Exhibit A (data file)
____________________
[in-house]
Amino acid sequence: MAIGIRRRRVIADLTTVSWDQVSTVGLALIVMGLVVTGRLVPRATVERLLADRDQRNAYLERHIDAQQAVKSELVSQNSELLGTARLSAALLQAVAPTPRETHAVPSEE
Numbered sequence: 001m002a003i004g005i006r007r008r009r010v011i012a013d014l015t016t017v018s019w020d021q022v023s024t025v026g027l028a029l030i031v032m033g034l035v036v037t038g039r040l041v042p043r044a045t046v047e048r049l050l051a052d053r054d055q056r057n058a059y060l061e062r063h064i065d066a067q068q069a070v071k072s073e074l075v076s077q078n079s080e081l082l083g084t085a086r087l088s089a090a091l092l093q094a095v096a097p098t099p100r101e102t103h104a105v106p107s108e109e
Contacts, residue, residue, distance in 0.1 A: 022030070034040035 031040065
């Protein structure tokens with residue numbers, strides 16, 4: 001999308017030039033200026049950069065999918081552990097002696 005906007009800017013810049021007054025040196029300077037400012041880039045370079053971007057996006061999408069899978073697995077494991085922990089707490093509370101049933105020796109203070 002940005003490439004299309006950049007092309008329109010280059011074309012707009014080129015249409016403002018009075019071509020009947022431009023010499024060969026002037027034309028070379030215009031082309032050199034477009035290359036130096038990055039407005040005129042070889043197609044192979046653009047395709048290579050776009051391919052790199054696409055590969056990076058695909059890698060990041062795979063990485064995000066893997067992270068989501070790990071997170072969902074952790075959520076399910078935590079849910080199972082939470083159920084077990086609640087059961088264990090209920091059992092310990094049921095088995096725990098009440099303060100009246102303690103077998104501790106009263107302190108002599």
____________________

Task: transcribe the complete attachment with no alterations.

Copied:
[in-house]
Amino acid sequence: MAIGIRRRRVIADLTTVSWDQVSTVGLALIVMGLVVTGRLVPRATVERLLADRDQRNAYLERHIDAQQAVKSELVSQNSELLGTARLSAALLQAVAPTPRETHAVPSEE
Numbered sequence: 001m002a003i004g005i006r007r008r009r010v011i012a013d014l015t016t017v018s019w020d021q022v023s024t025v026g027l028a029l030i031v032m033g034l035v036v037t038g039r040l041v042p043r044a045t046v047e048r049l050l051a052d053r054d055q056r057n058a059y060l061e062r063h064i065d066a067q068q069a070v071k072s073e074l075v076s077q078n079s080e081l082l083g084t085a086r087l088s089a090a091l092l093q094a095v096a097p098t099p100r101e102t103h104a105v106p107s108e109e
Contacts, residue, residue, distance in 0.1 A: 022030070034040035 031040065
């Protein structure tokens with residue numbers, strides 16, 4: 001999308017030039033200026049950069065999918081552990097002696 005906007009800017013810049021007054025040196029300077037400012041880039045370079053971007057996006061999408069899978073697995077494991085922990089707490093509370101049933105020796109203070 002940005003490439004299309006950049007092309008329109010280059011074309012707009014080129015249409016403002018009075019071509020009947022431009023010499024060969026002037027034309028070379030215009031082309032050199034477009035290359036130096038990055039407005040005129042070889043197609044192979046653009047395709048290579050776009051391919052790199054696409055590969056990076058695909059890698060990041062795979063990485064995000066893997067992270068989501070790990071997170072969902074952790075959520076399910078935590079849910080199972082939470083159920084077990086609640087059961088264990090209920091059992092310990094049921095088995096725990098009440099303060100009246102303690103077998104501790106009263107302190108002599």